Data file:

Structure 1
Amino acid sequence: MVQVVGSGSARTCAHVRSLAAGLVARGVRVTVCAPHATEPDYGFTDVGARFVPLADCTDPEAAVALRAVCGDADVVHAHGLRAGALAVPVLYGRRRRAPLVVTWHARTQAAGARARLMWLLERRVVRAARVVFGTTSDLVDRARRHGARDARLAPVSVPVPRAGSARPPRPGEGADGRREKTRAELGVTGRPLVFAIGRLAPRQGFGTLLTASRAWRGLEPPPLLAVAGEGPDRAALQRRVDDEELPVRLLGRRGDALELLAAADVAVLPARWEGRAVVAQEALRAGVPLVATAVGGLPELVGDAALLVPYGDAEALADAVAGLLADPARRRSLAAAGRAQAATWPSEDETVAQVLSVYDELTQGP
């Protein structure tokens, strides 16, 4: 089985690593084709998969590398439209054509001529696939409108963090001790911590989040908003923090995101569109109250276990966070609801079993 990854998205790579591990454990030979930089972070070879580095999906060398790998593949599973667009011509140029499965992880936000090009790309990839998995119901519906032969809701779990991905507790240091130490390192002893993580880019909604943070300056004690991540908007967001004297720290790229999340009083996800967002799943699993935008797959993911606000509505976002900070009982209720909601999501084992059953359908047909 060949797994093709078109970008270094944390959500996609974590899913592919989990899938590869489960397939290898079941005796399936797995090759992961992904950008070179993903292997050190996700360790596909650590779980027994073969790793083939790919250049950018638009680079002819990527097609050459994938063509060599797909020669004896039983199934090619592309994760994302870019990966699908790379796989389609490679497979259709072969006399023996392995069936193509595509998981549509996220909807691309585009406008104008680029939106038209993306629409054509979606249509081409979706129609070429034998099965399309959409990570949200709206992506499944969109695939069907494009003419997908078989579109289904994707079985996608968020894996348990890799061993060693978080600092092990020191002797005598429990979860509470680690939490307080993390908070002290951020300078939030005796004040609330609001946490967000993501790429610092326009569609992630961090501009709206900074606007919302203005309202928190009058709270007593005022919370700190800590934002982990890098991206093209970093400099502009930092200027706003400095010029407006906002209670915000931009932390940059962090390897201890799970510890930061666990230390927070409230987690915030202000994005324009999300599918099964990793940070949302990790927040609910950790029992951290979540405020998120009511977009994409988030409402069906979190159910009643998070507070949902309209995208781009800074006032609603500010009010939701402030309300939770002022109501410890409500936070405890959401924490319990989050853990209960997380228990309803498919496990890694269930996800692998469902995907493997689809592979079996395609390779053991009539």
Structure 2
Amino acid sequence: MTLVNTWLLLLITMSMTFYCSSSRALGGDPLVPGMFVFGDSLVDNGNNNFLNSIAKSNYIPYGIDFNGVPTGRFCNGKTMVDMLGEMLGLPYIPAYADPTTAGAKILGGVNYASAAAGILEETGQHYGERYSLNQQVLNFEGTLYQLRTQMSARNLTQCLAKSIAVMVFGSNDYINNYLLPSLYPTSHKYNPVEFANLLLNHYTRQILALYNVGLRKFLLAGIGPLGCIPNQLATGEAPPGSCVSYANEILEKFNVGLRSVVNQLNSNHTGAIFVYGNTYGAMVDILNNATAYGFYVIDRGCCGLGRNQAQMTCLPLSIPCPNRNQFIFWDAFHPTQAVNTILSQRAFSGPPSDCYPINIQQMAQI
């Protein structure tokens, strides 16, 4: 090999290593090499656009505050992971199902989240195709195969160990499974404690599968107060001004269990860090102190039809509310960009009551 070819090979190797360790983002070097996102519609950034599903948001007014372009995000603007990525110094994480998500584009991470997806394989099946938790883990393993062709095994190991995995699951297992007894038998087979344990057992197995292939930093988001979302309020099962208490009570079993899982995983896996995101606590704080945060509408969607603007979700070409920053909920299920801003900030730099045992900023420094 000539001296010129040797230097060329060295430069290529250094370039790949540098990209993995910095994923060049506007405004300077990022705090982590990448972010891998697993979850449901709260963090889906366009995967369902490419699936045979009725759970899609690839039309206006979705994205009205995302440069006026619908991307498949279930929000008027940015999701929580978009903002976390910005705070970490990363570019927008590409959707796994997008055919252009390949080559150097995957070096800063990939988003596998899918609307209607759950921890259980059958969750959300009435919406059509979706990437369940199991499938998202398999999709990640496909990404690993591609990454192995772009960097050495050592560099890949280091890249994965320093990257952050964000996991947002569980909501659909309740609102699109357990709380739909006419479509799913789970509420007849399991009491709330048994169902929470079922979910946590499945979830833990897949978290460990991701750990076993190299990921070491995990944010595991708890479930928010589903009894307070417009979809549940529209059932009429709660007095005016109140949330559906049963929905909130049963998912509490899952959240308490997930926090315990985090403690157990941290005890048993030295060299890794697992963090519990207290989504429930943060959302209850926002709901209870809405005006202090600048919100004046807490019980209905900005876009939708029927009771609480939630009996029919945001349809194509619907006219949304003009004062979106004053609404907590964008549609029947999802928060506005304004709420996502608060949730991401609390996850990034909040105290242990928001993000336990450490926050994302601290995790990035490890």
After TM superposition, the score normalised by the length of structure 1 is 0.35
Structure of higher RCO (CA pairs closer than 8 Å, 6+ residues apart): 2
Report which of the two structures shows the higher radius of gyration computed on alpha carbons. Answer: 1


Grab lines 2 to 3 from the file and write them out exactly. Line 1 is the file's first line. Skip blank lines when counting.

Amino acid sequence: MVQVVGSGSARTCAHVRSLAAGLVARGVRVTVCAPHATEPDYGFTDVGARFVPLADCTDPEAAVALRAVCGDADVVHAHGLRAGALAVPVLYGRRRRAPLVVTWHARTQAAGARARLMWLLERRVVRAARVVFGTTSDLVDRARRHGARDARLAPVSVPVPRAGSARPPRPGEGADGRREKTRAELGVTGRPLVFAIGRLAPRQGFGTLLTASRAWRGLEPPPLLAVAGEGPDRAALQRRVDDEELPVRLLGRRGDALELLAAADVAVLPARWEGRAVVAQEALRAGVPLVATAVGGLPELVGDAALLVPYGDAEALADAVAGLLADPARRRSLAAAGRAQAATWPSEDETVAQVLSVYDELTQGP
């Protein structure tokens, strides 16, 4: 089985690593084709998969590398439209054509001529696939409108963090001790911590989040908003923090995101569109109250276990966070609801079993 990854998205790579591990454990030979930089972070070879580095999906060398790998593949599973667009011509140029499965992880936000090009790309990839998995119901519906032969809701779990991905507790240091130490390192002893993580880019909604943070300056004690991540908007967001004297720290790229999340009083996800967002799943699993935008797959993911606000509505976002900070009982209720909601999501084992059953359908047909 060949797994093709078109970008270094944390959500996609974590899913592919989990899938590869489960397939290898079941005796399936797995090759992961992904950008070179993903292997050190996700360790596909650590779980027994073969790793083939790919250049950018638009680079002819990527097609050459994938063509060599797909020669004896039983199934090619592309994760994302870019990966699908790379796989389609490679497979259709072969006399023996392995069936193509595509998981549509996220909807691309585009406008104008680029939106038209993306629409054509979606249509081409979706129609070429034998099965399309959409990570949200709206992506499944969109695939069907494009003419997908078989579109289904994707079985996608968020894996348990890799061993060693978080600092092990020191002797005598429990979860509470680690939490307080993390908070002290951020300078939030005796004040609330609001946490967000993501790429610092326009569609992630961090501009709206900074606007919302203005309202928190009058709270007593005022919370700190800590934002982990890098991206093209970093400099502009930092200027706003400095010029407006906002209670915000931009932390940059962090390897201890799970510890930061666990230390927070409230987690915030202000994005324009999300599918099964990793940070949302990790927040609910950790029992951290979540405020998120009511977009994409988030409402069906979190159910009643998070507070949902309209995208781009800074006032609603500010009010939701402030309300939770002022109501410890409500936070405890959401924490319990989050853990209960997380228990309803498919496990890694269930996800692998469902995907493997689809592979079996395609390779053991009539």